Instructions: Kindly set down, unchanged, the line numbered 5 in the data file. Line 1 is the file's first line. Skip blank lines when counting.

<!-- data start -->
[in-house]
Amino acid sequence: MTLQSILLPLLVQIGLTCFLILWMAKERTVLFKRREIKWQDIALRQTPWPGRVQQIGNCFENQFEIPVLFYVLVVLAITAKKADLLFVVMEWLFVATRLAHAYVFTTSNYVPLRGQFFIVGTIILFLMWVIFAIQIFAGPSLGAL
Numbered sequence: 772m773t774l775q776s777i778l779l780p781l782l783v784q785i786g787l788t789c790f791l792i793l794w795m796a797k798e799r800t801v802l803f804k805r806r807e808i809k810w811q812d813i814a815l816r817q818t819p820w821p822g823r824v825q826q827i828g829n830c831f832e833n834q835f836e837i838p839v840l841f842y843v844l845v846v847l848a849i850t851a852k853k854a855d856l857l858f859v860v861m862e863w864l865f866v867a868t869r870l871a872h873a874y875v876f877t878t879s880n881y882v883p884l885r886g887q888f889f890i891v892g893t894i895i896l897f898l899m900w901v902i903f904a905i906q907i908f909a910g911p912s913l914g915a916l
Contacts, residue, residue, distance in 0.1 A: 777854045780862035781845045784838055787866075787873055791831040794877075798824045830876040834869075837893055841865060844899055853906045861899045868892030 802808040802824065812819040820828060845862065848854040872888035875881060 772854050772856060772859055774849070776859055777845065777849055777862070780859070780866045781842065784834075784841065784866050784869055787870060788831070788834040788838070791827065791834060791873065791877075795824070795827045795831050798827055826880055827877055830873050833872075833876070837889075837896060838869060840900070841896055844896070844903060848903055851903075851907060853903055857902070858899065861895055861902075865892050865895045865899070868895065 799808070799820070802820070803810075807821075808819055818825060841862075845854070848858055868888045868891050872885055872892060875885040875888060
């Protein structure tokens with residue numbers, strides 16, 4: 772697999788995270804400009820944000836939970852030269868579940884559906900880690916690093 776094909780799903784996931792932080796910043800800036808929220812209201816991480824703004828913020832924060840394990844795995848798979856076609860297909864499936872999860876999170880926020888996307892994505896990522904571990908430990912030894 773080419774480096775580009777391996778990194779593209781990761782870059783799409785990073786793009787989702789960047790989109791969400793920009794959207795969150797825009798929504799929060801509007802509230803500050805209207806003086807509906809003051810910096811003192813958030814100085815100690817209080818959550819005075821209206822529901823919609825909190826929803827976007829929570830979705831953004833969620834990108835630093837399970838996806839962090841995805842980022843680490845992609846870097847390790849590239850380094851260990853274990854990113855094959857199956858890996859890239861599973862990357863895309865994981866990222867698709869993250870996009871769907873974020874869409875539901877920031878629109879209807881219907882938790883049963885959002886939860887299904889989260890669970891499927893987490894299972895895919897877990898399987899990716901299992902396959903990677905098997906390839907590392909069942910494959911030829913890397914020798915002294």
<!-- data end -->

């Protein structure tokens with residue numbers, strides 16, 4: 772697999788995270804400009820944000836939970852030269868579940884559906900880690916690093 776094909780799903784996931792932080796910043800800036808929220812209201816991480824703004828913020832924060840394990844795995848798979856076609860297909864499936872999860876999170880926020888996307892994505896990522904571990908430990912030894 773080419774480096775580009777391996778990194779593209781990761782870059783799409785990073786793009787989702789960047790989109791969400793920009794959207795969150797825009798929504799929060801509007802509230803500050805209207806003086807509906809003051810910096811003192813958030814100085815100690817209080818959550819005075821209206822529901823919609825909190826929803827976007829929570830979705831953004833969620834990108835630093837399970838996806839962090841995805842980022843680490845992609846870097847390790849590239850380094851260990853274990854990113855094959857199956858890996859890239861599973862990357863895309865994981866990222867698709869993250870996009871769907873974020874869409875539901877920031878629109879209807881219907882938790883049963885959002886939860887299904889989260890669970891499927893987490894299972895895919897877990898399987899990716901299992902396959903990677905098997906390839907590392909069942910494959911030829913890397914020798915002294």